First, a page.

Public Administration

What is the difference between public administration and business administration?

Public administration is primarily geared towards the governance of the daily operations of institutions within the public's domain, which mostly rely on funding derived from government sources and charitable donations and are charged with the provision of services that seen as “necessities” and vital for the existence of the citizens. Eg a public hospital.
Business administration is the performance or management of business operations in a corporation or entrepreneurship (own business), in order for it to maintain its growth or stability and to make profit for the owners, where the primary revenue source is derived from the sales of goods and services.
These two administrations although closely related, have differences in certain aspects;
• Objectives - The most apparent difference between the two administrations is their organizing principles or goal. In business administration the objective is the pursuit of profit or stability or growth of revenues, whereas in public administration, the focus is on the provision of public services for citizens regardless of the financial returns derived from that service.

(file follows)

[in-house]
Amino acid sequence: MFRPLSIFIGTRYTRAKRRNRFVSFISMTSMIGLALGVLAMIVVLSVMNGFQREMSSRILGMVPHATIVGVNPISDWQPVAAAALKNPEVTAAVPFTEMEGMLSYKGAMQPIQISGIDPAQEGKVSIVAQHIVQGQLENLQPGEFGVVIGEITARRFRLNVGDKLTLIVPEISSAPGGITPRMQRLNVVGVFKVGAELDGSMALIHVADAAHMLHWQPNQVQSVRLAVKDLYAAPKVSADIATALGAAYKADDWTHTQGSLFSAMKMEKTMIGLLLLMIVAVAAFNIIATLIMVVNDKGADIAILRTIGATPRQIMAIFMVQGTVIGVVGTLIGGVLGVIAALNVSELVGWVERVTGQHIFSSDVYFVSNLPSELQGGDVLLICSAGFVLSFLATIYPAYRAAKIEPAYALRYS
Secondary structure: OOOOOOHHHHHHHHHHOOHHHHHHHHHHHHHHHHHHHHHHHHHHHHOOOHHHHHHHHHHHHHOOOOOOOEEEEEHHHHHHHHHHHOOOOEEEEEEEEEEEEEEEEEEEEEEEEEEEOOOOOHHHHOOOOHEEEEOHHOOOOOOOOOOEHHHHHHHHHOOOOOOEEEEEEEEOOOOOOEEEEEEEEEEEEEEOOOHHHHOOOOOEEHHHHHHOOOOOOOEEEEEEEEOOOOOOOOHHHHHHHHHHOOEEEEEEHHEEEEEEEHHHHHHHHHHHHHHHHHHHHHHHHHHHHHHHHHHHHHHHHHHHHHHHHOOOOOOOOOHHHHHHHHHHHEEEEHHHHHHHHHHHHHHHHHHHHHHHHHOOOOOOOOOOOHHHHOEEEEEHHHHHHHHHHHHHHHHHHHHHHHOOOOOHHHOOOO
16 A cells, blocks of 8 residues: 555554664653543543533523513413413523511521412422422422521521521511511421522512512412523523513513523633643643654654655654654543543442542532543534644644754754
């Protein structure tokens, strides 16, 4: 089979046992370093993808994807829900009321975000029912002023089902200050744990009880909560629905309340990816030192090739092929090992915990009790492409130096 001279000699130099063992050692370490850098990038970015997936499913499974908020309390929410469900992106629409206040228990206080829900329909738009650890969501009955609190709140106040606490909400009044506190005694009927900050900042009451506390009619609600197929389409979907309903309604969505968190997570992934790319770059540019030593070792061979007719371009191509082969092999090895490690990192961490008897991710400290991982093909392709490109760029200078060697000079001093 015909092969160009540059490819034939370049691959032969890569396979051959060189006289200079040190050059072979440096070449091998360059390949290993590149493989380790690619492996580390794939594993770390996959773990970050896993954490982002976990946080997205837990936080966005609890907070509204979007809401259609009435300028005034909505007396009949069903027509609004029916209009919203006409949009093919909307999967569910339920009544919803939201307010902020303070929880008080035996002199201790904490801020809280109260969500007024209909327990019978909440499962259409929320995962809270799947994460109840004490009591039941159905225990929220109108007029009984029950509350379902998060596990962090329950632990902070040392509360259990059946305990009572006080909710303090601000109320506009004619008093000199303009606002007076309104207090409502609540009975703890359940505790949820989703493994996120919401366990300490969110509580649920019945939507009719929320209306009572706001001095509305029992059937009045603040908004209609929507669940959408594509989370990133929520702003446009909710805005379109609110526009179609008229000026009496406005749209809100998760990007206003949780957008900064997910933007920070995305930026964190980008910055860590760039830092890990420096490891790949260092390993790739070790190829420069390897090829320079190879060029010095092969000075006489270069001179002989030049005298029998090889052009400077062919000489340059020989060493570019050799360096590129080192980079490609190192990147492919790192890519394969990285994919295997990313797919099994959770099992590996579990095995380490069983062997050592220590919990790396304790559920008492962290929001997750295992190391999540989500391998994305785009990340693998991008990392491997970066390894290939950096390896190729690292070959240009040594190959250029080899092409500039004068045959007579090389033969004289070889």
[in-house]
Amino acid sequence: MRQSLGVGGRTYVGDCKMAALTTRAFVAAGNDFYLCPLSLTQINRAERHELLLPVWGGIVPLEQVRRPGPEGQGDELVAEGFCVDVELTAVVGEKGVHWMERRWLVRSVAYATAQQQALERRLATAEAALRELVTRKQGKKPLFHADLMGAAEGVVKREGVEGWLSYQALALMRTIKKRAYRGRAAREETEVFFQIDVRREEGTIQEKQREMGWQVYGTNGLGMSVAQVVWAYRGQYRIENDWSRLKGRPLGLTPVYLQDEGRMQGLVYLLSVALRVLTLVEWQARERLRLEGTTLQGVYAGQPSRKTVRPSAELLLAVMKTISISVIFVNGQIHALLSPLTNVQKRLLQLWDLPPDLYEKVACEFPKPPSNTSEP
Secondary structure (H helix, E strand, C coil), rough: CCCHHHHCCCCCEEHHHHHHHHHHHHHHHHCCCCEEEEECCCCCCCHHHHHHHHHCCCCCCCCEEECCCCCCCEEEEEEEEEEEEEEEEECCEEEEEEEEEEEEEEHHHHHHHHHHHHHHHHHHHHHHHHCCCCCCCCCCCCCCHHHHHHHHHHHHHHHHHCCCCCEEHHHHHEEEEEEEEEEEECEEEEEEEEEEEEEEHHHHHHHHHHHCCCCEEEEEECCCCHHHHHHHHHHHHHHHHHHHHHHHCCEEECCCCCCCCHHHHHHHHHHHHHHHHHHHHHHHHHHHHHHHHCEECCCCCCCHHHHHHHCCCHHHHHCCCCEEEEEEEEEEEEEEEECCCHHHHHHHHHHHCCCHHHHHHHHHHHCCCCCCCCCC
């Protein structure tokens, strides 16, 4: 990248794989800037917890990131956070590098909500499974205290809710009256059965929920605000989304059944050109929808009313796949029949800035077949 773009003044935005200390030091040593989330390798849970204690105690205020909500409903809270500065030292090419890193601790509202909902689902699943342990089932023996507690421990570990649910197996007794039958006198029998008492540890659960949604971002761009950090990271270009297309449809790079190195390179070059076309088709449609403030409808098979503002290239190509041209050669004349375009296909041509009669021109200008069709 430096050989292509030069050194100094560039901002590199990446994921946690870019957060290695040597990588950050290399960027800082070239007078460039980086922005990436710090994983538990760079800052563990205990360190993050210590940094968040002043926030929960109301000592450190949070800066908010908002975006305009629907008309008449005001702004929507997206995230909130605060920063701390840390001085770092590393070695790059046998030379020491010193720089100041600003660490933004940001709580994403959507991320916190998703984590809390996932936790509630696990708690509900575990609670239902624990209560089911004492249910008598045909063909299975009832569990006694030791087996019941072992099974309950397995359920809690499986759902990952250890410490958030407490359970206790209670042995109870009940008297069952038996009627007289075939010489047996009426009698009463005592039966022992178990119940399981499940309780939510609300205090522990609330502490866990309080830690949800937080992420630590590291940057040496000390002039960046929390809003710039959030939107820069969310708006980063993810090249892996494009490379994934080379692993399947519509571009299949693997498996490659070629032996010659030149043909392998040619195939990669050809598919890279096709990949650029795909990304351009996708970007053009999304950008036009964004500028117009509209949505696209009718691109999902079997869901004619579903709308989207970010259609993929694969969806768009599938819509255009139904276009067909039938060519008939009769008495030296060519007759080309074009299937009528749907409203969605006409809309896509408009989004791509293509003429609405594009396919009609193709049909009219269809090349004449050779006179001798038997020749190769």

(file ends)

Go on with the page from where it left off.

• Decision making and Beneficiary - In public administration, the decision must be and should be pluralistic. There is maximum participation as the decision supposedly benefits the public at large. Decision making in business administration is more or less in the hands of top management and the beneficiaries are the customers, shareholders and employees.

• Visibility - The visibility of public administrators is another notable difference between public and business administration. While a manager in a private business may work in relative obscurity, the public manager must operate in the public eye, constantly subjected to public scrutiny. (Denhardt) This pressure often leaves public organizations in a "no-win" situation, trying to serve a public that demands...